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Document Type

Campus Access

Degree Program

Plant Biology

Degree Type

Master of Science (M.S.)

Year Degree Awarded

2012

Month Degree Awarded

May

Keywords

Iron, Signaling, Maize, Arabidopsis, YSL

Abstract

Iron is an essential micronutrient that plays a role in essential processes in all living organisms. Because iron deficiency anemia is the number one human nutritional deficiency worldwide, research has been focused on studying biofortification, a method of plant breeding focused on increasing the nutrient content of the grain. In order to effectively implement this strategy, research to understand the molecular mechanisms surrounding iron uptake and maintenance within plants is necessary. A major goal of this work lies in exploring iron signaling in Arabidopsis thaliana and further characterization of the yellowstripe1-like1yellowstripe1-like3 (ysl1ysl3) double mutant plant. As shown here, iron signaling in arabidopsis appears to be regulated by a long distance signal derived in the shoots. The ysl1ysl3 double mutant is a plant shown to have severe mis-regulation of iron regulated genes. Here, I show ysl1ysl3 mutant plants are unable to respond to iron deficiency properly and lose signaling ability. It has been proposed that these defects are due to iron accumulation in the shoots but that appears untrue suggesting alternative functions for YSL1 and YSL3 in iron signaling. Another goal of the work included here seeks to elucidate alternative roles for ZmYS1 in maize outside of primary acquisition of iron from the soil. Here, ZmYS1 expression is shown via promoter::GUS analysis expressing throughout the shoot in many cell-types consistent with a role in the movement of iron between leaf tissues. Interestingly, expression in germinating seeds suggests ZmYS1 may also play a role in remobilization of stored iron in developing embryos.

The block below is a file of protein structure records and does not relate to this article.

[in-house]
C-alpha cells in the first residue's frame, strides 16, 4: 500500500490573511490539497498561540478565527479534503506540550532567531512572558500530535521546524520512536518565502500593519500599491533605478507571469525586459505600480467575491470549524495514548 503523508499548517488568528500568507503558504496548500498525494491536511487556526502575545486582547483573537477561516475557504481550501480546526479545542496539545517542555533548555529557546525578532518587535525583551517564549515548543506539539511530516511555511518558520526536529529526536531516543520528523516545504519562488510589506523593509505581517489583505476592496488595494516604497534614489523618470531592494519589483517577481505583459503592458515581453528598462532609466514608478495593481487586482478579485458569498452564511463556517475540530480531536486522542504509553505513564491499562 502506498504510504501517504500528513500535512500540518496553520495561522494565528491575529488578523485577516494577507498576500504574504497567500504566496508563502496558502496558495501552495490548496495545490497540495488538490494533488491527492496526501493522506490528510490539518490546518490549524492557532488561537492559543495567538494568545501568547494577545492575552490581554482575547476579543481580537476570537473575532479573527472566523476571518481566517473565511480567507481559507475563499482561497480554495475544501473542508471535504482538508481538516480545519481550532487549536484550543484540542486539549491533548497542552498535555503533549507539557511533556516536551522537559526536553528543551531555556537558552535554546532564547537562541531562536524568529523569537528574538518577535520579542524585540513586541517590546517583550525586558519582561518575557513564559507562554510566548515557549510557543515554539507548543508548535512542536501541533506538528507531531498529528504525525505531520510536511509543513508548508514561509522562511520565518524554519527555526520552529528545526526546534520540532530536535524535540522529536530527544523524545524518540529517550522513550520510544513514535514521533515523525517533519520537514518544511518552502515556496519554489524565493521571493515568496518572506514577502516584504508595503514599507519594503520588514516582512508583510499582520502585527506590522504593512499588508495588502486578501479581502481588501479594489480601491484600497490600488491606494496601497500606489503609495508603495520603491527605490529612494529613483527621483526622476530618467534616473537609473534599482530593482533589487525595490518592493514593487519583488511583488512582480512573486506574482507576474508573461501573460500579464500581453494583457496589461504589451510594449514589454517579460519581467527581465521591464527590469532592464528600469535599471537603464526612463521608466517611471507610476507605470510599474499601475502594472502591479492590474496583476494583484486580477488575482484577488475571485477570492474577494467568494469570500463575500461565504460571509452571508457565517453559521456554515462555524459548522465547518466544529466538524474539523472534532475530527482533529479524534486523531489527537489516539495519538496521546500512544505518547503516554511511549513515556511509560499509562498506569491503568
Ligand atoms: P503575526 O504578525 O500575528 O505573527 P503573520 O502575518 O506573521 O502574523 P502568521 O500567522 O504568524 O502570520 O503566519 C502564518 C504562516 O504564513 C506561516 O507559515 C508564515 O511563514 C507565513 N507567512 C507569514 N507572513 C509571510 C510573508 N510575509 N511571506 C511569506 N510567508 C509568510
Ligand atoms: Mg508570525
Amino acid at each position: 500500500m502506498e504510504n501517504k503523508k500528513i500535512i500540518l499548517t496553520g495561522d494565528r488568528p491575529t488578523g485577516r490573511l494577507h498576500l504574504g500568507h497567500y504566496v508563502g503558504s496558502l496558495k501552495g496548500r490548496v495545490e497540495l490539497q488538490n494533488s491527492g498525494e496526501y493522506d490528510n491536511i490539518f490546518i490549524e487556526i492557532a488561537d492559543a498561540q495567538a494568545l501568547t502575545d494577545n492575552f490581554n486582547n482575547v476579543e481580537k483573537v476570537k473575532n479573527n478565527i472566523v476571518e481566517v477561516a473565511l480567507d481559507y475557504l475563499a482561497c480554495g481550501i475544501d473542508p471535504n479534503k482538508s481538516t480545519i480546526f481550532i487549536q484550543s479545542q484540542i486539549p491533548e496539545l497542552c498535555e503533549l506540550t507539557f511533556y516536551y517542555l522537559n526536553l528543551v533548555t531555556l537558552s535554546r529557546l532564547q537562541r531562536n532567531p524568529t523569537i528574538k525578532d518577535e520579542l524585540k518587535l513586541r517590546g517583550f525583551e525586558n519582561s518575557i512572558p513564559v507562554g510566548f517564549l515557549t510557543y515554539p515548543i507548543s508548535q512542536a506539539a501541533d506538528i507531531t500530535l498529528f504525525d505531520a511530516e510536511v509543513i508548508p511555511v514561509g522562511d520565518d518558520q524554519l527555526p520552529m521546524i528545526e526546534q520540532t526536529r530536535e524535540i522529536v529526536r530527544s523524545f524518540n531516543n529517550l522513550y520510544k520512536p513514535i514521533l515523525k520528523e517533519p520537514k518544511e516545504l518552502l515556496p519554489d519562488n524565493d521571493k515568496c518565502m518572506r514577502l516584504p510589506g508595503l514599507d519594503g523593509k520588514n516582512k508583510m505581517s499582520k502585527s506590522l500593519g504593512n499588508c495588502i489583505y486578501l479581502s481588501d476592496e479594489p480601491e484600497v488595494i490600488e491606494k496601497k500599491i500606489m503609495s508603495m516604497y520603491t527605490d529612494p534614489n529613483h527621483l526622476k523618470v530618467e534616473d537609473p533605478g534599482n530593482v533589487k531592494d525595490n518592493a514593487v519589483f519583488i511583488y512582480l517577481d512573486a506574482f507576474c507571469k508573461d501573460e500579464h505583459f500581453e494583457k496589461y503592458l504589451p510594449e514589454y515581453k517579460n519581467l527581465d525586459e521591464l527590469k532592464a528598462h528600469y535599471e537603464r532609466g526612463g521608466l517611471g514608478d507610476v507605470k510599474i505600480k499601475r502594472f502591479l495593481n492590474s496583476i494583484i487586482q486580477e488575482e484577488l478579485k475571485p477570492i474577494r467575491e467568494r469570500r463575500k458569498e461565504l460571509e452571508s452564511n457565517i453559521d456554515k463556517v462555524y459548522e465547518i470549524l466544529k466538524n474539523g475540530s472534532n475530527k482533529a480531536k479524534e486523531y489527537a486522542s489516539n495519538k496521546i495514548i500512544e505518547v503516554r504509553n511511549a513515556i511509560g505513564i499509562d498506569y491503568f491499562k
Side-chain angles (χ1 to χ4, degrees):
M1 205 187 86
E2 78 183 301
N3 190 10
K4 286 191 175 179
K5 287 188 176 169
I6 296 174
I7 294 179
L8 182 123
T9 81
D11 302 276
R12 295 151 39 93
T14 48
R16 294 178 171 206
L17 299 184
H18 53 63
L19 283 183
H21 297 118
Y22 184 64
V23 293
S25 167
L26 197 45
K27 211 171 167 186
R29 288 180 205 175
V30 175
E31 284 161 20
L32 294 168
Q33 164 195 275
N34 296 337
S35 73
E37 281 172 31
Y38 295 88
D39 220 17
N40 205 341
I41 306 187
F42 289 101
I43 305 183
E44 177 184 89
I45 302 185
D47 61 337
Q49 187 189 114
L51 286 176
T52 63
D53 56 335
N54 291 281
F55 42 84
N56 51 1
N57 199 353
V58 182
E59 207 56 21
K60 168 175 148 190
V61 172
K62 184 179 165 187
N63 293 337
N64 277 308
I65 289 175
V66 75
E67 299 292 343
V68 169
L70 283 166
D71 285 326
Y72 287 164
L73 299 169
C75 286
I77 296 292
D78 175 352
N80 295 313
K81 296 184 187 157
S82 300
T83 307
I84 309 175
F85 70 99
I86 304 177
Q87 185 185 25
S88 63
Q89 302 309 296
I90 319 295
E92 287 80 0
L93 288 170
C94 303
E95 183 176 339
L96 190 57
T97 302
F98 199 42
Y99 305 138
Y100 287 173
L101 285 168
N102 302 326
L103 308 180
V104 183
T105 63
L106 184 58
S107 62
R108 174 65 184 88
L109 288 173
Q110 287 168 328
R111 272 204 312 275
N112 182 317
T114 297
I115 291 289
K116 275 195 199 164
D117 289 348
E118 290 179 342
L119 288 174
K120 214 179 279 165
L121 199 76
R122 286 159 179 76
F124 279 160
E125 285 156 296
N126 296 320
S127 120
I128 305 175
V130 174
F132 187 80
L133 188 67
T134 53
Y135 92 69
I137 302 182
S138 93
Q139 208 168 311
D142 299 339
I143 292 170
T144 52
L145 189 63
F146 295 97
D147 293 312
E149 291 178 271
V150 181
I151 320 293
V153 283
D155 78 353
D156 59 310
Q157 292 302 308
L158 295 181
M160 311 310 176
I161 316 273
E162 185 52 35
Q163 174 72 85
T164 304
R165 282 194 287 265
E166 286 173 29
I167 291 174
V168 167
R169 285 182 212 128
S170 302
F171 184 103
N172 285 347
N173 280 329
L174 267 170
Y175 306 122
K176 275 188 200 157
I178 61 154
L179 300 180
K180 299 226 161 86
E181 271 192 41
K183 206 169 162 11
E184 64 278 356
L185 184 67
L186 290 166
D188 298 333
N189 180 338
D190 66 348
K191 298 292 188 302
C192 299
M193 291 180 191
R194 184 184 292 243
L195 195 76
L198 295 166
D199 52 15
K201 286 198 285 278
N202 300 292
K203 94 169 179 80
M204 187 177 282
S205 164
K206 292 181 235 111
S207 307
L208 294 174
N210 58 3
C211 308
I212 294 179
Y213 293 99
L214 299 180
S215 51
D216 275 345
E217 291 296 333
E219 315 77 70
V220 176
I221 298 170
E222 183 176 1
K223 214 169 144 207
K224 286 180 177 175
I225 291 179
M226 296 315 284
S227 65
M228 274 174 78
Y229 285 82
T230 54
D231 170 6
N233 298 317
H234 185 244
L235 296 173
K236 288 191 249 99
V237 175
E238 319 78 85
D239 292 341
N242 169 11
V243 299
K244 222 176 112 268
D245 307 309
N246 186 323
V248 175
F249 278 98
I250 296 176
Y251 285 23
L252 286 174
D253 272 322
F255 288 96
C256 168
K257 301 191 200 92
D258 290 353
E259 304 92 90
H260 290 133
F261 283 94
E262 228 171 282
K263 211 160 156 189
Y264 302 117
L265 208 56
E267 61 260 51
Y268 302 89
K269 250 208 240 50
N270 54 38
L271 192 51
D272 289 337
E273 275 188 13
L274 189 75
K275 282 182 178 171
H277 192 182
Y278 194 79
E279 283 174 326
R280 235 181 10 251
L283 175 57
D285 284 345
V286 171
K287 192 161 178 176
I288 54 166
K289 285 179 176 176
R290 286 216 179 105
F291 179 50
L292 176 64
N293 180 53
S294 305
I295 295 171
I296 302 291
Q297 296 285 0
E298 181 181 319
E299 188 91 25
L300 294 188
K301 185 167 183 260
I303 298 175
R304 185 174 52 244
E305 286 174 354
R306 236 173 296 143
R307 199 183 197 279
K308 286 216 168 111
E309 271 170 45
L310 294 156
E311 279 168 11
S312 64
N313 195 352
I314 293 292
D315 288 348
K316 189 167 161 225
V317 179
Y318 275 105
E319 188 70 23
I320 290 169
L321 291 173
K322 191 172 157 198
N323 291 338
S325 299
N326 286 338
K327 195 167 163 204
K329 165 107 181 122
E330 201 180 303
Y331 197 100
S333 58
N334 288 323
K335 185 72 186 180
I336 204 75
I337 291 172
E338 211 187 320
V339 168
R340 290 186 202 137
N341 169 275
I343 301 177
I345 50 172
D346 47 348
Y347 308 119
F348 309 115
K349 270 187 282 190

First Advisor

Elsbeth L Walker

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